New civil society groups have significant ties to the Catholic church, and the church has become increasingly involved in Polish politics. For example, the Institute of Public Affairs director Jacek Ducharczyk says, “Since the Polish Pope John Paul II died in 2005, the church has become anti-European and reactionary. It wants a total ban on abortion in Poland and objects to the Civic Platform’s law (in September 2015) that made in-vitro fertilization broadly available.” Of the people who belong to Polish civil society organizations today, 75% are members in religious organizations and communities. This overlap illustrates how traditional cultural attitudes permeate Polish social life.
Right-wing forms of civil society, often with anti-system and anti-minority programs, play a large role in spreading conservative and nationalist ideologies in Poland. The spread of these ideologies through these networks then shapes citizens’ political preferences for right-wing parties. As most analysis on Polish civil society narrowly focuses on formally organized NGOs whose actions promote liberal values, observers often miss the effects of a more diverse range of social activism.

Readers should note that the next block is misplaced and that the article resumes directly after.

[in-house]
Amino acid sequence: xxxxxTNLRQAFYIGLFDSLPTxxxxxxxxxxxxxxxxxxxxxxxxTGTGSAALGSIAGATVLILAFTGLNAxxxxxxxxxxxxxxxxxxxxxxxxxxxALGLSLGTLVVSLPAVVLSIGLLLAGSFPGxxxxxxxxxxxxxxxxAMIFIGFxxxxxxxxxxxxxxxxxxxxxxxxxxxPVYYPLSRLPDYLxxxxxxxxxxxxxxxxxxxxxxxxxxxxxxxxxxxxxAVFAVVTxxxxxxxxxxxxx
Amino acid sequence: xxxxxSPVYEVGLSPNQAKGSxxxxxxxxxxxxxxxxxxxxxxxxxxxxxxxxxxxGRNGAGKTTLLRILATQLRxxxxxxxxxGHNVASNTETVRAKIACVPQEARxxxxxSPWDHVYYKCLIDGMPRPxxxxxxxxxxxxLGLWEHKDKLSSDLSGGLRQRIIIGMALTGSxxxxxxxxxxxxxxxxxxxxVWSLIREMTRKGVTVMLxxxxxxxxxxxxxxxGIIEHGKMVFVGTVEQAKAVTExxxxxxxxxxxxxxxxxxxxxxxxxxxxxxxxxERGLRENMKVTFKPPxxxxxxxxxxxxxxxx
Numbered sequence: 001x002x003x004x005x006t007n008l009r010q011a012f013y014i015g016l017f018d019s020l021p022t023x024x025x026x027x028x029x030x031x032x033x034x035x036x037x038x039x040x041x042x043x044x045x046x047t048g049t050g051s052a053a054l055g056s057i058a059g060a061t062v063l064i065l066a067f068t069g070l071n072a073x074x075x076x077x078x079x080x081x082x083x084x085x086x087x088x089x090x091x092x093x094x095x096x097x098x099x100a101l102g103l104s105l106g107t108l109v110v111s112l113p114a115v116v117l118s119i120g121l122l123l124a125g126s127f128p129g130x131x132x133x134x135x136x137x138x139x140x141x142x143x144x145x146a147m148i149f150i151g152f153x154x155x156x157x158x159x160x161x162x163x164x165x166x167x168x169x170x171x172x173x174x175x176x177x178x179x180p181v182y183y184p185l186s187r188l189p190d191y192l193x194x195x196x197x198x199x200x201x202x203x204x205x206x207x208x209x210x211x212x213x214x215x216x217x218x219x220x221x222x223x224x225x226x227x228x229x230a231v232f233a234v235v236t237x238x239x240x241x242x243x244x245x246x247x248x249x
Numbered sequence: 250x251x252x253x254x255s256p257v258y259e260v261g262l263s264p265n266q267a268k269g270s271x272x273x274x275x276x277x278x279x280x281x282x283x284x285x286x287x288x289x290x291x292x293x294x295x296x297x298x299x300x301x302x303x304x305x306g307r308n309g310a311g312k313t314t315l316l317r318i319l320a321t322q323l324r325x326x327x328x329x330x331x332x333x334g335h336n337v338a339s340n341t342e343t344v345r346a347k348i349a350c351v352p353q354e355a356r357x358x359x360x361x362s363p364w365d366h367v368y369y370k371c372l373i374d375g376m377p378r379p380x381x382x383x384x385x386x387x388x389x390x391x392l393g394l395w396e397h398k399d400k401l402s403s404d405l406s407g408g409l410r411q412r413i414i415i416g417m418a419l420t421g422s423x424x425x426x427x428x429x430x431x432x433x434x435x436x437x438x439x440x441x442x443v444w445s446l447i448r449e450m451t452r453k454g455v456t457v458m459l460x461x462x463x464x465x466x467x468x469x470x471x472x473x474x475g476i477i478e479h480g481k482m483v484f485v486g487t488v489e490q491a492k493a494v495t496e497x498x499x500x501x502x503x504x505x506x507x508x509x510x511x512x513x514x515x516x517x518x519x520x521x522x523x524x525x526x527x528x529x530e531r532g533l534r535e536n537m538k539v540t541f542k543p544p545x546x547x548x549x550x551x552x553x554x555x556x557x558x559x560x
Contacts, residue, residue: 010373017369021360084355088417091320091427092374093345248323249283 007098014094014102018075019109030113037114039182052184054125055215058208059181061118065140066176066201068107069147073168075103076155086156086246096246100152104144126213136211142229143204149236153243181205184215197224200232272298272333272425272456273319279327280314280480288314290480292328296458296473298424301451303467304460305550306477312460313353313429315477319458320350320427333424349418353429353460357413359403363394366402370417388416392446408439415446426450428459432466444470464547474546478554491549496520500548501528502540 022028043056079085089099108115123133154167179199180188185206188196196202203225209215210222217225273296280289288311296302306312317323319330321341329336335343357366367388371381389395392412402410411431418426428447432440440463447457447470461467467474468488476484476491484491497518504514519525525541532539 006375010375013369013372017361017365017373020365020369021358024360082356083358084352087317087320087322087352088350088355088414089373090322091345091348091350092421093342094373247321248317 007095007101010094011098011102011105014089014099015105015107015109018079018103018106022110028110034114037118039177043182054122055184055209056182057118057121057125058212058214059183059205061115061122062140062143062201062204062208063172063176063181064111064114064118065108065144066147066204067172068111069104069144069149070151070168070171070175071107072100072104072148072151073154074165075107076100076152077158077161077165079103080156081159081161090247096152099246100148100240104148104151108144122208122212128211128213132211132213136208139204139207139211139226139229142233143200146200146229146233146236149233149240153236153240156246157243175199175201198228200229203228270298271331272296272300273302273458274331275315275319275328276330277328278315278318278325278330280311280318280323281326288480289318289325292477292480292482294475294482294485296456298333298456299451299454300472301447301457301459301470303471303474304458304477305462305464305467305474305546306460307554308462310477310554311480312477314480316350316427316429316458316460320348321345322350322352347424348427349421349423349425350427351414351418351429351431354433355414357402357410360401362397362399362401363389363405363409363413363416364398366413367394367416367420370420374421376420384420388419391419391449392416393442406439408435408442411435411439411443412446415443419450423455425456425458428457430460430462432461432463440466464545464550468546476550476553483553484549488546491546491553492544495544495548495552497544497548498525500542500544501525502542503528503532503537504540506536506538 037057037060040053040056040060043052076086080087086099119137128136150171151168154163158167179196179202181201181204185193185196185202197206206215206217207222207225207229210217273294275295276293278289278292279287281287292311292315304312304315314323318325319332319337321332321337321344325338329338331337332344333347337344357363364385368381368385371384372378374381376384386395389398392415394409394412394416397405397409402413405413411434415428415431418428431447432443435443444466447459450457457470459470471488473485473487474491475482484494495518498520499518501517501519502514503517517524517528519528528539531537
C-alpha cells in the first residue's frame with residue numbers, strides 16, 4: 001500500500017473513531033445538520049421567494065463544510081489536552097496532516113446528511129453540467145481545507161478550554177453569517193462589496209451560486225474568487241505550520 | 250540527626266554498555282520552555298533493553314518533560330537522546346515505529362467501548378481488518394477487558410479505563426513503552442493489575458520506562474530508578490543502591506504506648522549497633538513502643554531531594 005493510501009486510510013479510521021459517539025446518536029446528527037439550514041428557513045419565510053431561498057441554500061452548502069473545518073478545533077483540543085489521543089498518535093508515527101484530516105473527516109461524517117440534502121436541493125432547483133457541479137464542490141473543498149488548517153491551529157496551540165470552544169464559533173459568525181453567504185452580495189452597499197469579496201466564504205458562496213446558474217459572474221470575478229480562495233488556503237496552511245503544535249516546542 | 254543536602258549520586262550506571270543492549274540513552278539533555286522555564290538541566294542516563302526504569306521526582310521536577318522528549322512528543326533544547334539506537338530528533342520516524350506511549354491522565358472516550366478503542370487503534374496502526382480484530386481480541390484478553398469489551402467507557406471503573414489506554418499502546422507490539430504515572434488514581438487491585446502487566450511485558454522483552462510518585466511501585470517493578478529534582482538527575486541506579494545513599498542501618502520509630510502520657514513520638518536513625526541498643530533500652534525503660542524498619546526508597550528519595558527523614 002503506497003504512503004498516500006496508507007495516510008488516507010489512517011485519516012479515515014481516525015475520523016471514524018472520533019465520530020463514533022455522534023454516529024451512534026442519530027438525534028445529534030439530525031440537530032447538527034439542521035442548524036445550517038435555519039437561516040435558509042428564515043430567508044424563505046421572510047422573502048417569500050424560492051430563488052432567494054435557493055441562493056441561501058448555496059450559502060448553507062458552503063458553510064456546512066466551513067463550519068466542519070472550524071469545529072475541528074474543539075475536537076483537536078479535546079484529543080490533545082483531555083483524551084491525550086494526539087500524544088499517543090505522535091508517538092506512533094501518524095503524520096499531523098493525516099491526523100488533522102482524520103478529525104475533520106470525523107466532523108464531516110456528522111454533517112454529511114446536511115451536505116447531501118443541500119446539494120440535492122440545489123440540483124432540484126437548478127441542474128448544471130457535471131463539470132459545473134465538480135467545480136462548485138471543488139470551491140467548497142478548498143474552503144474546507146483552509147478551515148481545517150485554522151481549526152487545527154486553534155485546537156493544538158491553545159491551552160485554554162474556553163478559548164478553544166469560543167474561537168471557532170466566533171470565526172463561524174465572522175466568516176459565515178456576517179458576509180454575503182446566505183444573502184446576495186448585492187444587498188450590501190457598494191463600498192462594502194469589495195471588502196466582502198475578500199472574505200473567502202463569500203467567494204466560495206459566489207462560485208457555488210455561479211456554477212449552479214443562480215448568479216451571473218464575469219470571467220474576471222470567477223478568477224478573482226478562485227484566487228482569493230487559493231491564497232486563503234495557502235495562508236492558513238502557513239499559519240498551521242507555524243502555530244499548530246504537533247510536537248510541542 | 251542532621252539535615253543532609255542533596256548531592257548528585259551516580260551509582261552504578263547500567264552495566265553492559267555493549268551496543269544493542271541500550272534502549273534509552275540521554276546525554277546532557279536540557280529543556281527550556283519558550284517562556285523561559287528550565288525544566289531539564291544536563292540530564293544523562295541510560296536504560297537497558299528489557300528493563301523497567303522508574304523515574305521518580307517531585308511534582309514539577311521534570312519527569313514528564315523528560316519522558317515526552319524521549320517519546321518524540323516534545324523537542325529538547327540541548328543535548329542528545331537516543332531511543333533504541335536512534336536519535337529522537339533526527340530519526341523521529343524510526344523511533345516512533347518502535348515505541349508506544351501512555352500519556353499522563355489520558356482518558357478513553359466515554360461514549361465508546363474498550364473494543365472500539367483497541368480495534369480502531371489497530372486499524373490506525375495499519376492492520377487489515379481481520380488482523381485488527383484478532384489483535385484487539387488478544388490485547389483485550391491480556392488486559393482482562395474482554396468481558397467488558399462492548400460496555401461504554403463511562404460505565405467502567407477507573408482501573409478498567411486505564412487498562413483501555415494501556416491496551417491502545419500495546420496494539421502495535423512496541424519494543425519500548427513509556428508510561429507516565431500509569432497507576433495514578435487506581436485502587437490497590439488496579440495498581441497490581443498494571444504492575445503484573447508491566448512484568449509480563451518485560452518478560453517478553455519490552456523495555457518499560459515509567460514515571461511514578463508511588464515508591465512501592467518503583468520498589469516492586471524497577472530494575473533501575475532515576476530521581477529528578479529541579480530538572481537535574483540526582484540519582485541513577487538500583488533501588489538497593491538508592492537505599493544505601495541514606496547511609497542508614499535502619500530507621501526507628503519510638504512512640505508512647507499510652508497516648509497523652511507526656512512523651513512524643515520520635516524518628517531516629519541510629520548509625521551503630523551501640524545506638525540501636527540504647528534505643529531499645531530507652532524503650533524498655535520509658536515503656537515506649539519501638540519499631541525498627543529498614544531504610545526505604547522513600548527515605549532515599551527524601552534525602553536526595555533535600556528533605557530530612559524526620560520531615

One key takeaway from this research is that civil society is not always a safeguard for democracy. Instead, activists can also spread illiberal ideologies through associational ties that can corrode democracy. When we consider Poland’s wider spectrum of associational life, particularly around Catholic religious groups, youth associations, trade unions, and agricultural associations, new questions emerge on how right-wing ideology circulates through these groups. We might also explore how the ideologies of these organizations might shift over time or interact with pre-existing cultural attitudes and different historical legacies of imperial rule. This wider view of civil society and its relationship with political society is critical for understanding rise of illiberalism in once stable democracies like Poland.
Image credit: “File:042 Premierminister Jaroslaw Kaczynski der Partei Recht und Gerechtigkeit (PiS) in Lesko.JPG” by Silar is licensed under CC BY-SA 3.0